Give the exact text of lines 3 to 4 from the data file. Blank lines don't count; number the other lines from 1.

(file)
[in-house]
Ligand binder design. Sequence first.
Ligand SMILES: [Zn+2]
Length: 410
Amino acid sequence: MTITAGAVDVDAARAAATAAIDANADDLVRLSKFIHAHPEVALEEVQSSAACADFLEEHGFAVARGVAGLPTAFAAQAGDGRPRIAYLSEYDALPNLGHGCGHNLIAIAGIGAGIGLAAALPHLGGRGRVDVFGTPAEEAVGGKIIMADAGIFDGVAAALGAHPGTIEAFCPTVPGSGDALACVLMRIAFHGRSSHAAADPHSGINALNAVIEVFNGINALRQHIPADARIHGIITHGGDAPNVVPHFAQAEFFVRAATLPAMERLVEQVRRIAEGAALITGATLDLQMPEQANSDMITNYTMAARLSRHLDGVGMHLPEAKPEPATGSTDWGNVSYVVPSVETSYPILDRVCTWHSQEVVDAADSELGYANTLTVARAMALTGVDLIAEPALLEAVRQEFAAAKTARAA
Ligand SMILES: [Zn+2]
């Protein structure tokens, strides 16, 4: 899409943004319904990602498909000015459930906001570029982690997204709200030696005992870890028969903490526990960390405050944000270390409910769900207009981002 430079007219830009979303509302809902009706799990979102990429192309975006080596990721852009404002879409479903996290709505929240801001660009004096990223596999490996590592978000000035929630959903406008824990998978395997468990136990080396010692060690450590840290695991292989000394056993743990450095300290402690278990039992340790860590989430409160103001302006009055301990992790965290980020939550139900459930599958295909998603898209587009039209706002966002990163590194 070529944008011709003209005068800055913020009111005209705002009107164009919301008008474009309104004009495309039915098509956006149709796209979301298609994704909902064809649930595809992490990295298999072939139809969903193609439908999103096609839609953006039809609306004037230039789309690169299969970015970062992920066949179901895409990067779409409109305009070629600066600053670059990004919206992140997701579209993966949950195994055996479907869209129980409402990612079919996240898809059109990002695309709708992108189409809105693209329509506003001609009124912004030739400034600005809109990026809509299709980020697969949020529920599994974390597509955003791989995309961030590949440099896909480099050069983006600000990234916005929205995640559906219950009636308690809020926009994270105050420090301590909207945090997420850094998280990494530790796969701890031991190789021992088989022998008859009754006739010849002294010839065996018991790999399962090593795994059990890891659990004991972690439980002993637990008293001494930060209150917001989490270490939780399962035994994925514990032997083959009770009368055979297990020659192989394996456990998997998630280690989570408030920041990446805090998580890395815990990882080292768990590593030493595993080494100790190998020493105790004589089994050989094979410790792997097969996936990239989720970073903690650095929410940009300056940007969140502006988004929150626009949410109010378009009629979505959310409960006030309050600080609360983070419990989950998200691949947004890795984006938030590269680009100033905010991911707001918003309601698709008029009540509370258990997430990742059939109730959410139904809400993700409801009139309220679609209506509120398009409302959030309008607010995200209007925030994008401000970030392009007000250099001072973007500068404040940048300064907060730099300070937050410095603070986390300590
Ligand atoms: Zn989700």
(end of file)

Ligand SMILES: [Zn+2]
Length: 410